Embedded Finance - 101
This blog articulates the meaning, mechanisms and business motives behind offering embedded finance solutions.
Imagine you are a farmer from Ratnagiri who harvests and sells mangoes. Every year you visit the local shop named “Sabka Retail” to buy manure, fertilizer, pesticide, and agriculture equipment. The seller also has a website from where you can purchase all the products. The cost of these items is approximately Rs. 21,0001. In addition to these items, there are many more additional costs (labour, pumphouse, fencing etc) that amount to Rs. 2 Lakh. Given the seasonality of cashflows for most farmers, it is difficult for you to pay a lump sum amount of Rs. 2 Lakh at once. In this case, what if a bank would offer to integrate with the seller’s (Sabka retail) website and offer you an EMI for these purchases as well as crop insurance for the farmer? Sounds like a less burdensome payment, right?
By offering multiple products at the checkout point, Sabka Retail is integrating a payment infrastructure (to fulfill online payment) and a digital credit and insurance product (to offer EMI and crop insurance), which may not even be from the same company. This type of solution is called embedded finance.
When a financial services company seamlessly integrates its products into a traditional non-financial platform (the shopkeeper’s website), the process is known as embedded finance. To elaborate, embedded finance solutions and infrastructure enables customer-facing digital platforms to embed financial solutions into them. The solutions could be embedded in the customer’s digital experience, journey, or platform.
Let’s be aware of the fact that embedded finance has existed for a long time. For instance, sales finance at appliance retailers or car loans at dealerships are some of the hands-on examples of embedded finance. The differentiator as well as the reason for its popularity lies in integrating financial products into digital interfaces that customers use frequently. This is built on the layer of trust and familiarity of the host app.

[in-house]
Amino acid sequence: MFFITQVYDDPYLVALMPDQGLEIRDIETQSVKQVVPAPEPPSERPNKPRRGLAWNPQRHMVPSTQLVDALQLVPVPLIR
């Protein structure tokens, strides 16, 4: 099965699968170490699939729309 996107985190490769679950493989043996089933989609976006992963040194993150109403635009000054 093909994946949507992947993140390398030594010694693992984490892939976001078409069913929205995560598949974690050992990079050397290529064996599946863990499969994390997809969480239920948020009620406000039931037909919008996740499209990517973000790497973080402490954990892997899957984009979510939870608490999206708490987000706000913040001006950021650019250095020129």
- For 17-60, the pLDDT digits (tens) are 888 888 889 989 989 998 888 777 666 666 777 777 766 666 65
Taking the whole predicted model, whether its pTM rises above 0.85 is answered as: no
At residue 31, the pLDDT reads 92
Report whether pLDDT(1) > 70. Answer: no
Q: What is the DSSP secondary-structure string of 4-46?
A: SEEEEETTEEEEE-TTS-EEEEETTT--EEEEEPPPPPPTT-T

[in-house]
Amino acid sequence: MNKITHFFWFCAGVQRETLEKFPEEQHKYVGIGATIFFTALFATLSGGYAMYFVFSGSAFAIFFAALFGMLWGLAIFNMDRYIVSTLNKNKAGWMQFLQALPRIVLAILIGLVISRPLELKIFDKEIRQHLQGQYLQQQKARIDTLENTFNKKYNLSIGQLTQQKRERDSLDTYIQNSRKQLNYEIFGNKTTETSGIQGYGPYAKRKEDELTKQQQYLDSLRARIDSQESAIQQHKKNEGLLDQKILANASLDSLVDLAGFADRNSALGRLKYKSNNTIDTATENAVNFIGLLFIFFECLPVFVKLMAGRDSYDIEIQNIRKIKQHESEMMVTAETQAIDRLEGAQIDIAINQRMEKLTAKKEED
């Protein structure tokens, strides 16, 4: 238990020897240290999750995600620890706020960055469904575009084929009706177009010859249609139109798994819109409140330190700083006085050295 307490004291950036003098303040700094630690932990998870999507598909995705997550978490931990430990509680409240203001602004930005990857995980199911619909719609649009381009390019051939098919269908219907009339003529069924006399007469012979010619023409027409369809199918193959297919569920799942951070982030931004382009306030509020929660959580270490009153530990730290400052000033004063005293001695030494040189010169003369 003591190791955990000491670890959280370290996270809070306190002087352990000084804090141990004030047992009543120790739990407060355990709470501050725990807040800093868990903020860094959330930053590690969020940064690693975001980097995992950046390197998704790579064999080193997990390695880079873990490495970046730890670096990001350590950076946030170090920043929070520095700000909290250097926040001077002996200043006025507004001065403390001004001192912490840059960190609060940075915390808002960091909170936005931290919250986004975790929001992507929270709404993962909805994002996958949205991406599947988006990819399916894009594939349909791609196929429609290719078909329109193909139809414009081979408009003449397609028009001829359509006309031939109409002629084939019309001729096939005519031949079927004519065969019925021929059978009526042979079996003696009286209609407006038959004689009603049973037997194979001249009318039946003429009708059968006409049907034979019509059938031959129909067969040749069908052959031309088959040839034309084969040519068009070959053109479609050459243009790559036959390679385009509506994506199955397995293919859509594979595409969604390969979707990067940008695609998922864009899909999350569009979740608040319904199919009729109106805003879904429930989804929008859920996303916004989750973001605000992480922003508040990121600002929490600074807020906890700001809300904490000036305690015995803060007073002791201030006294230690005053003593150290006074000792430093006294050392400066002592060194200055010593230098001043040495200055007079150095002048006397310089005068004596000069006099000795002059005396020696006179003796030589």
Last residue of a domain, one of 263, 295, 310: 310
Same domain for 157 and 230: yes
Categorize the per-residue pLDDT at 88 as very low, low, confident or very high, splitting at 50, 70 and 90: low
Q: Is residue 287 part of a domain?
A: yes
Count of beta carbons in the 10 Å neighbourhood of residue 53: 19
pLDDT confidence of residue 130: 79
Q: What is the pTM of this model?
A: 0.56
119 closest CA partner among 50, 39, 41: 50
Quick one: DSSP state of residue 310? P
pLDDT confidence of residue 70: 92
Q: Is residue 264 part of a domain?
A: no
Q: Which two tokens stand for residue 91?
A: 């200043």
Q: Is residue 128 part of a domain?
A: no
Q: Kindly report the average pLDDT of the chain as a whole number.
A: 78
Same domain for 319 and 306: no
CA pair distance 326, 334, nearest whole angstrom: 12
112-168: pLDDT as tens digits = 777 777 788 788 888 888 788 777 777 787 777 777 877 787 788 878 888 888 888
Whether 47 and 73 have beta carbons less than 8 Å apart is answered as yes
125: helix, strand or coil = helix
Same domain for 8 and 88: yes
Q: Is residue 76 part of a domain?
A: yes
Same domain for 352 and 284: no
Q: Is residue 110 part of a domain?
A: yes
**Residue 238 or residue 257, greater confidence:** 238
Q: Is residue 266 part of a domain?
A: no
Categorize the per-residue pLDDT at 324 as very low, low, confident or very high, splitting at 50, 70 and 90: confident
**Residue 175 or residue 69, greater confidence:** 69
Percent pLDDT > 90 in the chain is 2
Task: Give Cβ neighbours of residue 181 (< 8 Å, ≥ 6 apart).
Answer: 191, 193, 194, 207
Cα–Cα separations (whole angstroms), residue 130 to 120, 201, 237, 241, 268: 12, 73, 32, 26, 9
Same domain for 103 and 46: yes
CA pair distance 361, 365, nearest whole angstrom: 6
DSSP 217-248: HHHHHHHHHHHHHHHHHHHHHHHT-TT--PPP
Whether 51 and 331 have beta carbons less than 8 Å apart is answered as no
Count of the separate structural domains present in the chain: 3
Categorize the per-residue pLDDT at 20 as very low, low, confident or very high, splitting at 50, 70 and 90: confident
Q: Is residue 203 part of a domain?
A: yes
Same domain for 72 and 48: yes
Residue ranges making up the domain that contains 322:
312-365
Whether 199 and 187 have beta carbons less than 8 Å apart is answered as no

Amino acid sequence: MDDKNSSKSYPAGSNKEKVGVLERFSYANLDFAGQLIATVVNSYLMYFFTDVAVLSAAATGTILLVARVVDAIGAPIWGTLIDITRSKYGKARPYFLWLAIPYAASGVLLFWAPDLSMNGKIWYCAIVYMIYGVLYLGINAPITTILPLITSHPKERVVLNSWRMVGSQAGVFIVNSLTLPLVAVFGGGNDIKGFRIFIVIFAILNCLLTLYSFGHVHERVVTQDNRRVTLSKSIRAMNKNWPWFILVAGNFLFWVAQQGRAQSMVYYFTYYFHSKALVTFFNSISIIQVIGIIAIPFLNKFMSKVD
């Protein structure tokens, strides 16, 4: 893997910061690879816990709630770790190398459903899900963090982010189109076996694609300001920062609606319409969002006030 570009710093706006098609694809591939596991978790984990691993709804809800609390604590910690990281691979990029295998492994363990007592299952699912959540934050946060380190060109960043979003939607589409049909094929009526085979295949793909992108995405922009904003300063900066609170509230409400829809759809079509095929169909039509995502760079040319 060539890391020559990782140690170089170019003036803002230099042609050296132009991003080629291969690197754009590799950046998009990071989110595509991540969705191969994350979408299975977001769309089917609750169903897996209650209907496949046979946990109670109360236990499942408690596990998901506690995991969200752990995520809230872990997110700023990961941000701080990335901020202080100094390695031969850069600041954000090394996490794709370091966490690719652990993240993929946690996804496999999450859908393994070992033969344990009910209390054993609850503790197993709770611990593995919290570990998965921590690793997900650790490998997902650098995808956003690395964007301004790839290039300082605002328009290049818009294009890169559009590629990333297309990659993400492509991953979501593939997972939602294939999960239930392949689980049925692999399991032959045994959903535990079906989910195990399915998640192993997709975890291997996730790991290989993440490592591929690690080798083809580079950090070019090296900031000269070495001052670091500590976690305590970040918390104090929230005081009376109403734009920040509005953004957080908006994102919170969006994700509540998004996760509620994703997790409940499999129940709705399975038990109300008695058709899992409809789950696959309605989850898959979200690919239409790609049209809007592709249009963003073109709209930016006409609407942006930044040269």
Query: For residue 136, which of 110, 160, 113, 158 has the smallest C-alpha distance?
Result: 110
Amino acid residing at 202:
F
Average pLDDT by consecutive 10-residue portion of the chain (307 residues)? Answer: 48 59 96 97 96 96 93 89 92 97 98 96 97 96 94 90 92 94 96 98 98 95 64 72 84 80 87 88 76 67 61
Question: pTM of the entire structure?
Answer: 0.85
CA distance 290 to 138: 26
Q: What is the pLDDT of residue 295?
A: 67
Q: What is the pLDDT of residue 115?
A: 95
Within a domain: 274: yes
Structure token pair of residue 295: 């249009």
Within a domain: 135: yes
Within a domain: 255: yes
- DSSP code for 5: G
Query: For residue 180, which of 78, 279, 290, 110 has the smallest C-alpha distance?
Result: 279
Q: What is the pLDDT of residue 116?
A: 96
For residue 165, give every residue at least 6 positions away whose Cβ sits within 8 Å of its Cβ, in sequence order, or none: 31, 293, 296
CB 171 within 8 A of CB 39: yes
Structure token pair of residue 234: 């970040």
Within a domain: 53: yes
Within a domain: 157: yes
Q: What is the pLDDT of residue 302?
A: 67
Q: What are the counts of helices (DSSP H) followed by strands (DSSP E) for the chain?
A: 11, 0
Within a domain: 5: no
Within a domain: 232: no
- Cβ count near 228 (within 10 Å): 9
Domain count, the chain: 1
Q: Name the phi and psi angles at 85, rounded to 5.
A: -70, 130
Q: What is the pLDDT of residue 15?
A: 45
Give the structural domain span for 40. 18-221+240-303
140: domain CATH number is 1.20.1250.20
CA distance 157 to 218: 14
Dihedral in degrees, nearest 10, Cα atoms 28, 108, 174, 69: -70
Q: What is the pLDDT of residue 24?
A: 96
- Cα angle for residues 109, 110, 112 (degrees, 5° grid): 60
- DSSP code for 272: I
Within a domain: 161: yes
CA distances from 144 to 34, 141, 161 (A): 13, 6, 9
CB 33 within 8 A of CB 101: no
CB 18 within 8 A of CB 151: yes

The business that wants to offer financial services will no longer have to build a fintech arm, which reduces the cost borne by the company to build. Similarly, technology service provider partners with banks to offer the product in a single, seamless, and easy-to-use customer experience. What this means is that in almost any digital platform – from e-commerce to gig work platforms, these apps/websites can integrate financial products within them.
Embedded finance products are at the intersection of commerce, banking, and business services. One of the first use cases of EF has been payment and multiple innovative product ideas have branched from thereon.
So, what kind of embedded finance product can be embedded into digital platforms?
The innovations under embedded finance are booming globally. From payments, EMI, buy now pay later, investments, credit, insurance, to even credit scoring algorithms – the range of offerings that can be integrated seamlessly is quite a few.
For a financial service provider, embedded finance solutions enable them to increase their reach, reduce the cost of acquiring new customers and capture a newer customer base. For the customer, these financial solutions help with easing out cash flow without straining their resources. It makes high-value purchases to be affordable. Some of such embedded finance examples are
A ride-hailing app is able to provide flight cancellation insurance to their passengers
An agriculture e-commerce platform can offer crop insurance
Availability of credit products on business WhatsApp
But how will the banks know on which platform to offer embedded finance products?
Typically, embedded finance solutions are a good fit for any business platform that has a large number of daily/frequent users. Here the platform plays the role of a distributor of the product. Businesses in India that are well-placed to offer EF products are e-commerce websites, ride-hailing apps, tourism websites, etc. Embedded finance enables businesses in MSME, B2B, and B2C to create a new source of revenue without incurring the overheads associated with operating a bank.